Last week’s budget revealed short term recovery solutions for retail, but a long road to economic recovery remains without measures to address workforce disruptions.
National Retail Association CEO Dominique Lamb is calling for greater investment for retail and small business through long-term resilience measures.
“We welcome the budget’s investment in skills and enhancing digital capabilities, but retail is left without a long-term agenda to address economic resilience in the sector,” Ms Lamb said.
“While the training and tax breaks will help strengthen business confidence and create jobs, the initiatives fall short of securing productivity improvements and economic resilience.
“Long-term strategies to skill the workforce and boost participation is needed for the sector to thrive in the new normal.”
With the cost of business increasing, retailers are without strategies to address growing pressures to meet labour and supply shortages.
“The budget failed to address the broader challenges of the economy by focusing heavily on short-term inflation relief,” Ms Lamb said.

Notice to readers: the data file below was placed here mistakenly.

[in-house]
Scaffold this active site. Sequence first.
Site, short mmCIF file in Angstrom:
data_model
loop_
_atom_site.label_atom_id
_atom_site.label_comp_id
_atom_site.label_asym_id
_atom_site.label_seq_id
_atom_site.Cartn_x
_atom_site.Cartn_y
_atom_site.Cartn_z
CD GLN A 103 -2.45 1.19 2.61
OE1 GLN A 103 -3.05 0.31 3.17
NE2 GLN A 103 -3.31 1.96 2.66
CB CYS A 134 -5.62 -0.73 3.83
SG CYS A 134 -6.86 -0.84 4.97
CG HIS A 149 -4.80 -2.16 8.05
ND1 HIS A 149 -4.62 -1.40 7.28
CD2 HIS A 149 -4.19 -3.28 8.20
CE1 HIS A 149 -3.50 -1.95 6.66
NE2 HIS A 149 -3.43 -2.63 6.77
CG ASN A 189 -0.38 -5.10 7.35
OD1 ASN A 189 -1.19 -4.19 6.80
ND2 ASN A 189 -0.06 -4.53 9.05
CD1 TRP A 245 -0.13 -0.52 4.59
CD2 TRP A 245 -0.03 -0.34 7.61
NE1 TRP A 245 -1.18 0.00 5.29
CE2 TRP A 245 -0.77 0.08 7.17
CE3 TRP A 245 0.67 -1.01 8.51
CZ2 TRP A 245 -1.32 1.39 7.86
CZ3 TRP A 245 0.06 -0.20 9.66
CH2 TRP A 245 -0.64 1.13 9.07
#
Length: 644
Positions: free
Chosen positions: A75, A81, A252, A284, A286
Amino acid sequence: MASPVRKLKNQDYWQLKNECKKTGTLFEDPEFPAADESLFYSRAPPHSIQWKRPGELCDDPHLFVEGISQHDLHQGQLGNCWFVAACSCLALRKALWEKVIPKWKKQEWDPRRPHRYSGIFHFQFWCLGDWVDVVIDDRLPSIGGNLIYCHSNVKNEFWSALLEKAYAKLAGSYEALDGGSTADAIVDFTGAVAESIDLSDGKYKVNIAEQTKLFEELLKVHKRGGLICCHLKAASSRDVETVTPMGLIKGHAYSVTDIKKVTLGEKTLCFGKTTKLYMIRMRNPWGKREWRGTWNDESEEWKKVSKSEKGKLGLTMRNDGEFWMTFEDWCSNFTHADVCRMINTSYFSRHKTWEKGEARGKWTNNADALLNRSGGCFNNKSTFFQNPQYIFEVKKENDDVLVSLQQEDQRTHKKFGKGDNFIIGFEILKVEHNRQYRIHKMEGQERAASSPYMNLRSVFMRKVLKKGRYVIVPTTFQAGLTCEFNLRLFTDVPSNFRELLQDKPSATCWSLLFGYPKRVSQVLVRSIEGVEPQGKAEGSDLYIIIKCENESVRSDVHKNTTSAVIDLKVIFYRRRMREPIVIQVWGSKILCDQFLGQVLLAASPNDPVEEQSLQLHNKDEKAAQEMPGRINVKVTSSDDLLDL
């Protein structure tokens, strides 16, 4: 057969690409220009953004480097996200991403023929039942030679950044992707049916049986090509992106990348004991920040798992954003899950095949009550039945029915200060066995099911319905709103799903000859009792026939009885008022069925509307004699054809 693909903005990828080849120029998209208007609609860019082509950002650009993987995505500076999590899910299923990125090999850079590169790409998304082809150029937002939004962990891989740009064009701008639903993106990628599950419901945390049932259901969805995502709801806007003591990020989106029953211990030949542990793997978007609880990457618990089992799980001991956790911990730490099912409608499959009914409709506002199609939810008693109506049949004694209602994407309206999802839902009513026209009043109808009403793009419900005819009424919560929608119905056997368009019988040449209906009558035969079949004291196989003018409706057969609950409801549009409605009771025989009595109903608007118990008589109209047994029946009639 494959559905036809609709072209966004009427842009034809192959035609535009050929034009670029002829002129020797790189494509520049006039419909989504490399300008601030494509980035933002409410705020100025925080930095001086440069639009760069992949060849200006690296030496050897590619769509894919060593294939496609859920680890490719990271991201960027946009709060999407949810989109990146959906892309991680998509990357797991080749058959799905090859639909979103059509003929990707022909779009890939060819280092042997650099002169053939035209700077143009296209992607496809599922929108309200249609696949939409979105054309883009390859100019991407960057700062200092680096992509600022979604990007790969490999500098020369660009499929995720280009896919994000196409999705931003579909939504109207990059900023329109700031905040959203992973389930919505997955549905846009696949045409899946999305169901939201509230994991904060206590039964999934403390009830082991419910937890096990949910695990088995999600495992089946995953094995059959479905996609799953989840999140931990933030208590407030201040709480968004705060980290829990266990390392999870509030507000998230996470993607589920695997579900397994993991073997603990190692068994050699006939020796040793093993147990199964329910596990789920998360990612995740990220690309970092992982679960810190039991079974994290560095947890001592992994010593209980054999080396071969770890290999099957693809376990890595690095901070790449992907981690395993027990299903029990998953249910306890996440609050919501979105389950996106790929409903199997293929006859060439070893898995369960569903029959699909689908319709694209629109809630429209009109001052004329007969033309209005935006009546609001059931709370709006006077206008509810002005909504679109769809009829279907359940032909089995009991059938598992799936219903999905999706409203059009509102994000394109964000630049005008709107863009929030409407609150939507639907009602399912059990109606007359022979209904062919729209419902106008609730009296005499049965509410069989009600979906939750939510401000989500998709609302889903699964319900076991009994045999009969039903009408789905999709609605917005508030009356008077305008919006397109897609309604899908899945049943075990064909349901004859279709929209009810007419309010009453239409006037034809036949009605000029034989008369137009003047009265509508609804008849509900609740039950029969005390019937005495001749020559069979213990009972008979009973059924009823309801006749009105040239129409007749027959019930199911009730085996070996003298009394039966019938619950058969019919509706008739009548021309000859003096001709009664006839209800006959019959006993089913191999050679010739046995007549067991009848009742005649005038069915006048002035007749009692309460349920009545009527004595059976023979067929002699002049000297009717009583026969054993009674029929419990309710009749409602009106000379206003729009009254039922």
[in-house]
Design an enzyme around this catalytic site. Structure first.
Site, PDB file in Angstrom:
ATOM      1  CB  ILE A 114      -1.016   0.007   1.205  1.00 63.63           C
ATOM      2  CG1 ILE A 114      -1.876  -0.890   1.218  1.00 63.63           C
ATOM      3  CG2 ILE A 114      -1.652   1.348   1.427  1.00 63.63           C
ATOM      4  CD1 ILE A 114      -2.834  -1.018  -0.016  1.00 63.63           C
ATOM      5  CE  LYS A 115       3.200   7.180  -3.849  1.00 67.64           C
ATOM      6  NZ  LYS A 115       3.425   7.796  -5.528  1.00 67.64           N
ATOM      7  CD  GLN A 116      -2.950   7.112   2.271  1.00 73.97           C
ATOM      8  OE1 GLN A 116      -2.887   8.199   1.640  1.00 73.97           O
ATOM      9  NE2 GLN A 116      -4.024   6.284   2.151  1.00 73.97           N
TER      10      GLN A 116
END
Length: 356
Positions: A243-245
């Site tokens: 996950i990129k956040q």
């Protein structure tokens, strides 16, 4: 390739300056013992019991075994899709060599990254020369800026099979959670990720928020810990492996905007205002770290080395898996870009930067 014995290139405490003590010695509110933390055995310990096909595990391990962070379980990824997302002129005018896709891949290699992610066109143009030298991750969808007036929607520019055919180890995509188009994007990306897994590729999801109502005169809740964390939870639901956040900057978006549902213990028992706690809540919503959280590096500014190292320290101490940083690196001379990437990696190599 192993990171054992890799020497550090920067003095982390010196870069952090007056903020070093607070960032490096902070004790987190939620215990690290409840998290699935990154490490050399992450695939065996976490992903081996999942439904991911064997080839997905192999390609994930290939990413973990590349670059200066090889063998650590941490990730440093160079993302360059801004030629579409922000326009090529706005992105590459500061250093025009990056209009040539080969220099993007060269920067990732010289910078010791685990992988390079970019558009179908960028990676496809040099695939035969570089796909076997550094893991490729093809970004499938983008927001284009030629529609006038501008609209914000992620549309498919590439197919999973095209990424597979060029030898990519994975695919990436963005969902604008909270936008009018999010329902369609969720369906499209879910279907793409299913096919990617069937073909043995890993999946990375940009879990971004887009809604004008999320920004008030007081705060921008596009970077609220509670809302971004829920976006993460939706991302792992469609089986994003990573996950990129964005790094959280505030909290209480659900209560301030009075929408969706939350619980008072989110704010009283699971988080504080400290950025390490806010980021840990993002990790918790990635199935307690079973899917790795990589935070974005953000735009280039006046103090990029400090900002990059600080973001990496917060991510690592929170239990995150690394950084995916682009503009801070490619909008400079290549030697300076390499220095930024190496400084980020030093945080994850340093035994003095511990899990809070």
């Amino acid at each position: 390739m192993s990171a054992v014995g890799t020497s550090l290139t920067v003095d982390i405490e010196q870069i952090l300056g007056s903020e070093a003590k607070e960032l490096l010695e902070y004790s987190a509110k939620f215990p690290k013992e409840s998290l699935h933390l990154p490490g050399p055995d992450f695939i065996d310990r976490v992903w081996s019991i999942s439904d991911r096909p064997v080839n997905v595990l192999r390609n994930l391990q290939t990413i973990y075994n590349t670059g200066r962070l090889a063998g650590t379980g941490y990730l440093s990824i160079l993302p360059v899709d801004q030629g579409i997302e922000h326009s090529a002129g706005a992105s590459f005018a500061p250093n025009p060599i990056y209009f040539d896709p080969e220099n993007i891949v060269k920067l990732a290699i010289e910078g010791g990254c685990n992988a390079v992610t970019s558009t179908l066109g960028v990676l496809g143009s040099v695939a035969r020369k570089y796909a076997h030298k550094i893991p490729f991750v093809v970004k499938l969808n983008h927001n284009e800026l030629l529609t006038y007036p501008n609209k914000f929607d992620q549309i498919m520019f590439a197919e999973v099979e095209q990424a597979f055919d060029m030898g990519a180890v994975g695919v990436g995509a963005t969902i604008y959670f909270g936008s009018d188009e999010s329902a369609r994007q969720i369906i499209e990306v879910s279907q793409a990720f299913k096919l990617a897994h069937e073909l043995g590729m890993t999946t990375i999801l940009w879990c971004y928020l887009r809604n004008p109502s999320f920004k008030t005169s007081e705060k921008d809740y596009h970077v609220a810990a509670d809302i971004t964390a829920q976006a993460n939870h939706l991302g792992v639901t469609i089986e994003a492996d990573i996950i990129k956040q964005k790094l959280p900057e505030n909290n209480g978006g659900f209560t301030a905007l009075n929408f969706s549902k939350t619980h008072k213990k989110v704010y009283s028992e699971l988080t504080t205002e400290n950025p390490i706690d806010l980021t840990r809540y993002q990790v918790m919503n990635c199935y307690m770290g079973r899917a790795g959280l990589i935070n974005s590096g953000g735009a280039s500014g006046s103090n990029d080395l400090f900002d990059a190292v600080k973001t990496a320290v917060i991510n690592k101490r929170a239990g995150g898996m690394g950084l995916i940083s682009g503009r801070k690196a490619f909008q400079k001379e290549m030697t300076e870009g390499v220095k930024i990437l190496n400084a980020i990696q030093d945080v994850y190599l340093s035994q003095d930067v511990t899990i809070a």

“We would have also liked to see strategies implemented across business innovation and investment, supply chain capability and workforce productivity to ease the pressure for retailers and consumers.
“Long-term strategies that allow small business to level-up their capabilities and boost competitiveness will restore business and consumer confidence.”
Our partners at BDO have compiled their breakdown of the Federal Budget and how the measures will affect your business.
While there is a focus on ‘bread for the masses’, there are a number of measures that will help to overcome some of the hurdles of doing business. There are also some clear signals of the perception that ‘big brother’ is watching, with businesses needing to give the Tax Office access to the underlying transaction data in their accounting systems.
Finally, there are a number of special interest measures including pledges of infrastructure spending, incentivisation of onshore manufacturing, and promotion of the Australian space industry the Government hopes will contribute to greater economic prosperity.
Nowhere in this budget are there economy-wide reforms of the type needed to see Australia prosper into the late 2020s and beyond. It is hoped that with the clear air that comes with the immediate post-election period, the next budget will think strategically about enabling a sustainable future.